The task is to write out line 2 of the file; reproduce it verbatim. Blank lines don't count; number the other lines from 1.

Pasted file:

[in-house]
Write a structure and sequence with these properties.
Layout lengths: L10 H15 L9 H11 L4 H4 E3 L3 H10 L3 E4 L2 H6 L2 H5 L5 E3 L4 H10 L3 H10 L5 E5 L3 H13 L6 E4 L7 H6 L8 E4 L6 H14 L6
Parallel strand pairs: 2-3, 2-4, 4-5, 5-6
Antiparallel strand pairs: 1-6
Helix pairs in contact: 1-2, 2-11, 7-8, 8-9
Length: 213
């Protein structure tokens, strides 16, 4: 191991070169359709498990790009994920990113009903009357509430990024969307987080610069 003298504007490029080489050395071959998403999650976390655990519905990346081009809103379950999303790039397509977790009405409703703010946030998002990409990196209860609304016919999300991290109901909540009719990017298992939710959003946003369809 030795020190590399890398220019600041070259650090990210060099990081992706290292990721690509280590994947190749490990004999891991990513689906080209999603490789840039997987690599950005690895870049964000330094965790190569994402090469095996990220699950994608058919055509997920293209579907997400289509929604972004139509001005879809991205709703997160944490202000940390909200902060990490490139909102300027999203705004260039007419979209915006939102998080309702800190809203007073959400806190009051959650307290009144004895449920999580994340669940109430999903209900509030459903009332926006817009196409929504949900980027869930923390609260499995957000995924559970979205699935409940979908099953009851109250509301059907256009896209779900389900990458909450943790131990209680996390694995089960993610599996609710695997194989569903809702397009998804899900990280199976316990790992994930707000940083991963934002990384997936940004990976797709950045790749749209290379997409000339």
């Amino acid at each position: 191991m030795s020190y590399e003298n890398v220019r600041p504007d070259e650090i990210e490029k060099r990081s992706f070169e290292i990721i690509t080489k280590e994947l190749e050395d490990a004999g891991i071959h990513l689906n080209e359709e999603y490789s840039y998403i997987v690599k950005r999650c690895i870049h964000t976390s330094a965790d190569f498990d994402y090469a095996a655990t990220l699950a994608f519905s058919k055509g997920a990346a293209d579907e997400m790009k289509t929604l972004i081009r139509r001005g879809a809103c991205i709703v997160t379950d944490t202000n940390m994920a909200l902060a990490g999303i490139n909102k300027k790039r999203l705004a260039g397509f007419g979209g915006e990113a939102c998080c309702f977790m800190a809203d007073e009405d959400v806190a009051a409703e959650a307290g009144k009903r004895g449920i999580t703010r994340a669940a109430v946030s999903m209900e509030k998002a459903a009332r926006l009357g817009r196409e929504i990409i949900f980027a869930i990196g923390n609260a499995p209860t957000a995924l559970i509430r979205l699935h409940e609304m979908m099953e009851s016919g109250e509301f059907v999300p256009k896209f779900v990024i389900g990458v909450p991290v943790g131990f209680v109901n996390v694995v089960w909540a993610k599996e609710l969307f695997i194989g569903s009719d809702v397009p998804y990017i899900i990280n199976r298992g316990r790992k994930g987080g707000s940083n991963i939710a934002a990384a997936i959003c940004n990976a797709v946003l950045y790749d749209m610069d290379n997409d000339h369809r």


Write a structure and sequence with these properties.